|the author with an unknown child
In March of 2013, I was invited to attend a wedding in Pakistan. I spent two weeks in Karachi, Hyderabad, Lahore, and Islamabad. This is the account of my real experience there. Out of respect for the privacy of my friends, I have not named anyone, and I will not be posting pictures of their faces, or providing details which may reveal their identities or locations. Read more about my diaries here.
Friday, March 29th, 2013
At 1:30 pm I awoke calmly to the sounds of people chatting around me. I was one of only a few women still sleeping on the floor. The pillows and blankets were still lying around the room in disheveled positions, but only a few sluggish bodies broke the expanse of carpet like sand dunes across the desert.
On the large blue couch a few cousins were chatting. Lunch was handed to me around 2:00 pm on a paper plate. It was basically the same food I had at the bride’s house, only more oily, and not as flavorful. Looking to escape the musty house, I ate outside, sitting on the edge of a concrete wall. The power had gone out just before I made it to the courtyard, and the dining room was so dark I could not see the food on my plate. I still had not fully digested the banquet feast from the wedding, so I ate very little of what was served to me, and tried to hide the rest so that my hosts would not be offended. At this point I was getting very sick of rottis, and I missed rice, like the kind I had eaten at the wedding. As usual, I ate with my hands and there was nothing to clean them with.
Naively, I asked the bride’s Indian cousins where we would be going today. Somehow I assumed that I could spend the day exploring Hyderabad, since I didn’t expect to start getting ready for the wedding until 8:00 pm, and showing up at 10:00pm or 11:00pm like yesterday. They replied that today would be spent preparing for the wedding. I asked what they meant by that, and they gave me the same answer. Getting ready.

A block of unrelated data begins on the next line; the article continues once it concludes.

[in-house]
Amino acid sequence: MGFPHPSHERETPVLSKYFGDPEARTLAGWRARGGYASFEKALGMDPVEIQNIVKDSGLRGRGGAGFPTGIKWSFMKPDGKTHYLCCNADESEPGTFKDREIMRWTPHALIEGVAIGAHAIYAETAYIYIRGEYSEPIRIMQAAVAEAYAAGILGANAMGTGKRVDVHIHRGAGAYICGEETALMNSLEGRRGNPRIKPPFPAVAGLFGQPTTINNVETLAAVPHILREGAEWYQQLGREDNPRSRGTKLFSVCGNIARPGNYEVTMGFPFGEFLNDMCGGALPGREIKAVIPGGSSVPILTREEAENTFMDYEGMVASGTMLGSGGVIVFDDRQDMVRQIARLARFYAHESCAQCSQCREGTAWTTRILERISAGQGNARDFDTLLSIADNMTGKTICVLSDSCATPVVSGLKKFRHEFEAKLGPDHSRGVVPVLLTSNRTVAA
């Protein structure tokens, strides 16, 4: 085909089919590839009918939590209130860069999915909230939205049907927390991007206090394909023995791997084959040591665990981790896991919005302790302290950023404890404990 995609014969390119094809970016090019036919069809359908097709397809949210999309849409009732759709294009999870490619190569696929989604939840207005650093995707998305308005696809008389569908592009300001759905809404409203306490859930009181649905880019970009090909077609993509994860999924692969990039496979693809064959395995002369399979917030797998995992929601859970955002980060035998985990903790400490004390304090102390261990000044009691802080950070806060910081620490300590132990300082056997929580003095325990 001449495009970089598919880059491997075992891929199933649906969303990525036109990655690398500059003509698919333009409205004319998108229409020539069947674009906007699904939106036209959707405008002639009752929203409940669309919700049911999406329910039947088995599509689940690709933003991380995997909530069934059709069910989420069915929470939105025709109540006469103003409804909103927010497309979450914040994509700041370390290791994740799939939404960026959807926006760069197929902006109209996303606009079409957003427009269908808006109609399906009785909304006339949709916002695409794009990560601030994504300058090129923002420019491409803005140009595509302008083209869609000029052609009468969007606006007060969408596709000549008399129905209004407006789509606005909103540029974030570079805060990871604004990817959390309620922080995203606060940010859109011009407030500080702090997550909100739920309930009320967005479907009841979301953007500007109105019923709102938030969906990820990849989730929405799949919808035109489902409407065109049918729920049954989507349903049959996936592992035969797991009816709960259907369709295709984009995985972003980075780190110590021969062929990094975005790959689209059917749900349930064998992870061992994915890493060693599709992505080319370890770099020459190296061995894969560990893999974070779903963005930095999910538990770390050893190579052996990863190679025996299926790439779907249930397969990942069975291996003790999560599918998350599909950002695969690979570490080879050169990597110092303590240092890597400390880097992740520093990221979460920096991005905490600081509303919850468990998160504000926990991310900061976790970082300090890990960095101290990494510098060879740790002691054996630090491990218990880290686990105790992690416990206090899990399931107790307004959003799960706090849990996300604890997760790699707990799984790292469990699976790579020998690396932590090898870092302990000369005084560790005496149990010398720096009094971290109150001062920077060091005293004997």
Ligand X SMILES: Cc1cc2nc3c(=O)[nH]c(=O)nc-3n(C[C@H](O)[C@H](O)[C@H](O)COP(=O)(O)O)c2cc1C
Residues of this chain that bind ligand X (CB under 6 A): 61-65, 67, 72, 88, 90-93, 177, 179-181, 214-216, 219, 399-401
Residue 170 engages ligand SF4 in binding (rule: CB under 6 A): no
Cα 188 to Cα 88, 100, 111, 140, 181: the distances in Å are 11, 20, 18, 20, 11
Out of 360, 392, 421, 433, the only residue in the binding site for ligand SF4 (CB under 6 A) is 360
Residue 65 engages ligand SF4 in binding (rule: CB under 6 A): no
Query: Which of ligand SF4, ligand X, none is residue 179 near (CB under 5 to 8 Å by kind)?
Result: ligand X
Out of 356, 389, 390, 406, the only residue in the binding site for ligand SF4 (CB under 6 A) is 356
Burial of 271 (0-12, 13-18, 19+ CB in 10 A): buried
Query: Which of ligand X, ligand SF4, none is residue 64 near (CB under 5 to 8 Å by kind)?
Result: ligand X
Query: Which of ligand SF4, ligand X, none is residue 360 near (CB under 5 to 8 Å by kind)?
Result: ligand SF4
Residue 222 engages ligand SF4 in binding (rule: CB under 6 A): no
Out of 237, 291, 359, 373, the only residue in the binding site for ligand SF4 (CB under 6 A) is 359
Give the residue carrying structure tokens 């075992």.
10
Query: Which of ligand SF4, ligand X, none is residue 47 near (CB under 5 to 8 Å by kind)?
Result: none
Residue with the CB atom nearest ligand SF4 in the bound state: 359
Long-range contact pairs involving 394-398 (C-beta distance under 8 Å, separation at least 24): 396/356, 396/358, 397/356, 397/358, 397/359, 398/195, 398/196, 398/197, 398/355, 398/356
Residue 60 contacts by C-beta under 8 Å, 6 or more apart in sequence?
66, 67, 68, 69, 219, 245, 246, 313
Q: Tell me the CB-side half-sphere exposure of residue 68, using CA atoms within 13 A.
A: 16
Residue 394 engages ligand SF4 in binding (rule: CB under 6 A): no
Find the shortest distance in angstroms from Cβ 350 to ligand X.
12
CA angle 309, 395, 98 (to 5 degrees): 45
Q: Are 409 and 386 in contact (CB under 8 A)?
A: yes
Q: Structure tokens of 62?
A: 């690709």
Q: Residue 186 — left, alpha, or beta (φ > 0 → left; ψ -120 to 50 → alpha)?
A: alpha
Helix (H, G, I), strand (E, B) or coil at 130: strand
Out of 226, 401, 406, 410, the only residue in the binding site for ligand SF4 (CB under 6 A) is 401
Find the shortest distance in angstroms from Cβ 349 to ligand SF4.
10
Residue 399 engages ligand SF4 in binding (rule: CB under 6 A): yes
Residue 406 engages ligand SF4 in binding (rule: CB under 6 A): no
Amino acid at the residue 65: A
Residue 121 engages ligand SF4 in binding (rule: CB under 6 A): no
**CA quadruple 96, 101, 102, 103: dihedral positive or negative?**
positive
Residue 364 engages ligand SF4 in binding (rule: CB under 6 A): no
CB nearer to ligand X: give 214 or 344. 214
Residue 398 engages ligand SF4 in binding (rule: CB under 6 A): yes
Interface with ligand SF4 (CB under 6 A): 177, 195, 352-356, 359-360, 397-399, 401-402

“All day?” I asked.
“Yes, we’ll stay here and get ready all day.”
I was displeased at this prospect. I wanted to be outside, I wanted to be anonymous in a group of people. I wanted to go shopping. I wanted to eat at a restaurant. I wanted to be free. I was tired of having my time controlled and yet having no idea what was going on. I didn’t know how I was expected to spend a day “getting ready.” I was annoyed by the heat, the hard floors, the frequent power outages which turned off even the fans, and my general lack of clarity in every situation.
I went back into the large room where we slept on the floor. The blankets and pillow had been collected and were neatly folded and stacked near the wall. I sat on the blue couch and took out my writing pad.
I was running out of ways to occupy myself in the house, where I was never alone, never without noise, never without heat. So my writing was more an a rant. In the room opposite to me the small children banged the walls with a rocking chair, laughing louder each time they do it. Just across from me, in a relatively more quiet room, a woman ironed her dress for tonight, deep blue fabric with gold embroidery that glistens like light on the ocean. Every now and then she looked back at me, unsure if she should speak or ignore me. Whereas the servants have been taught to ignore, family and guests have been taught to engage. Many times I found myself in the middle of a group of women and if I look away for even a moment, disengage ever so briefly from the conversation, the questions rain down on me. Am I bored? Am I hungry? What am I thinking? What do I want to do? They look so hard for ways to keep me entertained and engaged, when all I want to do is retreat.
I felt grateful to be so cared for, but I longed for independence.
I was not in control of my fate. I knew it would be this way. Everything is a group effort. We talk about stepping out of the house long in advance and then hours or days of planning ensues. Nothing is spontaneous. Yet, nothing is so meticulously planned either. Each time we leave, I don't know who is coming with us, where we will go, or how long we will stay out. Perhaps this is because the plans of so many people are involved, so they all get tossed together in a giant cluster of activity. I can only accept it. And wait.
I sat there writing until around 4:00pm. Within an hour I was called in for dinner, which I considered lunch, since we would be having another feast at the actual wedding. It was the same food I had eaten earlier, so I ate even less of it.
Afterwards we went into the bathroom, the only bathroom in the house, and poured water on the bride’s head. This was another wedding day ritual. The bride squatted on the bathroom floor and the woman gathered around and drenched her with stone pitchers of water.
|The streets of Hyderabad at dusk